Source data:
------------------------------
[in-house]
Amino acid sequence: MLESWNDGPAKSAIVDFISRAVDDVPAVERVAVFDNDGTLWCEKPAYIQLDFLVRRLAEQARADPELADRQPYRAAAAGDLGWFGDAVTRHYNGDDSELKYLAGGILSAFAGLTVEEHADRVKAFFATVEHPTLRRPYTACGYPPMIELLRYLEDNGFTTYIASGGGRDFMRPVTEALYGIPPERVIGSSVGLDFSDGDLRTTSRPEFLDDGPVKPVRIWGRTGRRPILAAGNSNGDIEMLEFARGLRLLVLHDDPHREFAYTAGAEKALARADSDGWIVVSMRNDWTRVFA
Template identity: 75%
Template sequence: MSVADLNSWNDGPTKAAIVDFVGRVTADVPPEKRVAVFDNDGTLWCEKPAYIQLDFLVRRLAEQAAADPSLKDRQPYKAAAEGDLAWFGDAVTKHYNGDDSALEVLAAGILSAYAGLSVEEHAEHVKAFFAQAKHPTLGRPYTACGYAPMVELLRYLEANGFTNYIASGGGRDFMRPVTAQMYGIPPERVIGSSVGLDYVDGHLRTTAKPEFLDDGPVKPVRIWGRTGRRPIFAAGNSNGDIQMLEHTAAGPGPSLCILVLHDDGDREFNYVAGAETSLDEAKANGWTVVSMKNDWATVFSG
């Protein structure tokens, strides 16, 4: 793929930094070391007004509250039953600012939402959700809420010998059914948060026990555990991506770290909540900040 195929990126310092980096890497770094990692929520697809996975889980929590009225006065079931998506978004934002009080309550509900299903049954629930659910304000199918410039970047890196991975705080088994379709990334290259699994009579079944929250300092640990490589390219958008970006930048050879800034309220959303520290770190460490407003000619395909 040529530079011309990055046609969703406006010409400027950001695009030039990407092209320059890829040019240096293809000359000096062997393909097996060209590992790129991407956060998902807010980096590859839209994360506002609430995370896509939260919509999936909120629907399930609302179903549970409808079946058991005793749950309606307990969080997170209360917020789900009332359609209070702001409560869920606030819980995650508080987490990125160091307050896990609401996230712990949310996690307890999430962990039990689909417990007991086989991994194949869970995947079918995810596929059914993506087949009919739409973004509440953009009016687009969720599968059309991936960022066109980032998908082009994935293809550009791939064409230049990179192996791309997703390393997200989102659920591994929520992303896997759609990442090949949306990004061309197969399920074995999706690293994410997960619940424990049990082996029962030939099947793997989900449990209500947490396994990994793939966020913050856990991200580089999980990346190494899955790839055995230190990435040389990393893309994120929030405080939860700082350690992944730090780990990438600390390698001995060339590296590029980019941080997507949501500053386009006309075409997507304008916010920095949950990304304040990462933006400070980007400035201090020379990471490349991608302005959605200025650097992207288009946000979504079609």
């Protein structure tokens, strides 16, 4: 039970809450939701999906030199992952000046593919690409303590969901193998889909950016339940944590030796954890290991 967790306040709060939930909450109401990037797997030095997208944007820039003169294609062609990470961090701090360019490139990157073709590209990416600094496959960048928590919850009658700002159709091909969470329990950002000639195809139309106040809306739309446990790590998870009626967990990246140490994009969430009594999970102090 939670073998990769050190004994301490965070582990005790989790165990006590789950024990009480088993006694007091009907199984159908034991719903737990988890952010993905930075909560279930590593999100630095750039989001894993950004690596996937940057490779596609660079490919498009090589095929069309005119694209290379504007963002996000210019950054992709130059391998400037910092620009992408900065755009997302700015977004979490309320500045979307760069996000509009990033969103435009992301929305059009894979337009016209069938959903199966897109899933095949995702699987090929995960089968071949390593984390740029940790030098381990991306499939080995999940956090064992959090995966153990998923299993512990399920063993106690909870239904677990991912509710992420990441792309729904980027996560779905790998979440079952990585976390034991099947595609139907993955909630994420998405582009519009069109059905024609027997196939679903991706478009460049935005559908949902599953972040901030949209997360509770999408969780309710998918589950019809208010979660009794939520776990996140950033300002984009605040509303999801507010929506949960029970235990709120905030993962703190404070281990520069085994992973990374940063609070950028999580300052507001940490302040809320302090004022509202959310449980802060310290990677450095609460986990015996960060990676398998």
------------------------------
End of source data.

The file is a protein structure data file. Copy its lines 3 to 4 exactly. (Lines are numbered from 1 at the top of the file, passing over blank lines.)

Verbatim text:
Template identity: 75%
Template sequence: MSVADLNSWNDGPTKAAIVDFVGRVTADVPPEKRVAVFDNDGTLWCEKPAYIQLDFLVRRLAEQAAADPSLKDRQPYKAAAEGDLAWFGDAVTKHYNGDDSALEVLAAGILSAYAGLSVEEHAEHVKAFFAQAKHPTLGRPYTACGYAPMVELLRYLEANGFTNYIASGGGRDFMRPVTAQMYGIPPERVIGSSVGLDYVDGHLRTTAKPEFLDDGPVKPVRIWGRTGRRPIFAAGNSNGDIQMLEHTAAGPGPSLCILVLHDDGDREFNYVAGAETSLDEAKANGWTVVSMKNDWATVFSG